“Use it or lose it” is a frequently-heard nugget of advice; especially directed to AARP-aged folks.
So, Baby Boomer-aged– and even older– weekend warriors are out using their titanium hips and knees playing golf and pickleball and donning spandex uniforms (oh, dear) to peddle bikes on trails and roads– all in an attempt to firm-up or even regenerate their physical wellness.
Interestingly enough, however, at the top of many experts’ “best activities” list for older people is dancing– especially salsa dancing. Why? Because its fast-pace is good cardio exercise, emphasizes using core muscles for balance and– equally important– it involves exercising the brain to learn and remember dance patterns.
Unfortunately, not everyone can step-up and turn into Carmen Miranda. Enter the Osher Lifelong Learning Institute, or OLLI, one of the best brain exercisers any brain can use.
OLLI is a learning program designed by and for adults aged 50 and older.
Its mission is to provide a lifelong learning program that fosters intellectual stimulation and social engagement through an extensive array of classroom and experiential learning opportunities. Classes are taught by university professors and area professionals.
“There are 120 national OLLI Programs and to have one at the University of North Texas (UNT) is very special,” said Dr. Stephanie Reinke, director of the UNT OLLI Program. “Every OLLI Institute runs a little differently. The UNT OLLI program teaches at five different campuses– the Denton UNT, the new UNT-Frisco campus, the Flower Mound Senior Center (a $1 day-pass required if not a Seniors In Motion member), Robson Ranch and Lake Forest Village in Denton.”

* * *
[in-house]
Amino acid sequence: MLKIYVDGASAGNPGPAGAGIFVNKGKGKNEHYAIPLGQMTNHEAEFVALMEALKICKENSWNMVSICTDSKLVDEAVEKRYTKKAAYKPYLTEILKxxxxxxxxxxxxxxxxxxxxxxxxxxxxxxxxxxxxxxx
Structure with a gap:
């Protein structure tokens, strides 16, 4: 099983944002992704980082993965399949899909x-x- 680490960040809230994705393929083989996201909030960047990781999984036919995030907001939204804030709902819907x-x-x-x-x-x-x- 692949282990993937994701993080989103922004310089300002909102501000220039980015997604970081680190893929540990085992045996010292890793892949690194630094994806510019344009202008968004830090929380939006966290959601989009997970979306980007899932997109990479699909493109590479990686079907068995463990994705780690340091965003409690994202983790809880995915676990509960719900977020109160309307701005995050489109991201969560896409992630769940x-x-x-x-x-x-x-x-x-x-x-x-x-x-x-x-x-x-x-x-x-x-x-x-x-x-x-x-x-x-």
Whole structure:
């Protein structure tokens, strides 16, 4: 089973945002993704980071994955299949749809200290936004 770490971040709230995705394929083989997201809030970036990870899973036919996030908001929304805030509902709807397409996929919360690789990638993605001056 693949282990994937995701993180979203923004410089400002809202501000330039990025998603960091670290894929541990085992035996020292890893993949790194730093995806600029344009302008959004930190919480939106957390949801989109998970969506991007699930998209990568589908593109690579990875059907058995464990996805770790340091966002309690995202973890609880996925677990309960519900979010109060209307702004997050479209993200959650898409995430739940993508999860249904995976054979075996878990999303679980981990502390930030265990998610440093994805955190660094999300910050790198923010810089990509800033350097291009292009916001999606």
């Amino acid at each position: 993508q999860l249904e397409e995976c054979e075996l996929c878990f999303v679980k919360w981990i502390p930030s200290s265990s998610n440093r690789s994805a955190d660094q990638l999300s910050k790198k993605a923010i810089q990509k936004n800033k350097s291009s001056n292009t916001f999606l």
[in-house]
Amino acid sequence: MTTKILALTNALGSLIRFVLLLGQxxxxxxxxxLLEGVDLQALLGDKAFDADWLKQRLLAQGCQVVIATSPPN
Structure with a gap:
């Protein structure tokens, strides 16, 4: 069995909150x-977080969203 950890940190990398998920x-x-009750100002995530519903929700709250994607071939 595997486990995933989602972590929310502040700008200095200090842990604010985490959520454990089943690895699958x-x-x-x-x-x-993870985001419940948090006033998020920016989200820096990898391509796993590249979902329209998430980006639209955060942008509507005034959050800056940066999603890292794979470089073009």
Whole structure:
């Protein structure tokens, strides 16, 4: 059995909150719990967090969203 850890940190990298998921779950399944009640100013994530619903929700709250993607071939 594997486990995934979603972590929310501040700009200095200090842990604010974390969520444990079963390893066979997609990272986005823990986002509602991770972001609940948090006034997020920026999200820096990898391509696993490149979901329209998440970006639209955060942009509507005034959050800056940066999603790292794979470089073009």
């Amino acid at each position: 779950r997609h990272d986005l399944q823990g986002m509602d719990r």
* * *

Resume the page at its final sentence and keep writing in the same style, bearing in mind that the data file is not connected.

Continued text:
Robson Ranch is home to the program’s largest satellite location. More than 200 Robson Ranch residents are already members of the OLLI program and the seniors in Flower Mound also represent a fast-growing membership.
“Classes are open to any OLLI member, not just Robson Ranch residents or Flower Mound Senior Center members,” said Reinke. “Classes cover every possible genre you can imagine. They’re lead by UNT faculty, ex-faculty members or experts [in an interest area] who teach their passions. For instance, we have a Chemistry professor whose passion is history. It’s a great way to meet people who have the same interest in common.”
Classes are 90-minutes long and range from one up to four-sessions long.
The Robson Ranch site offers a “Lunch & Learn” lecture series on Thursdays from 11:45 to 12:45 p.m. and the “OLLI After 5” series, which includes wine and cheese, on Tuesdays from 5:30 to 6:30 p.m.
“We are the best ‘hidden value’ in North Texas,” said Reinke. “But, we don’t want to remain hidden. People may think we only offer academic-based classes and that they won’t be able to keep up or they’ll be required to take tests– not so.”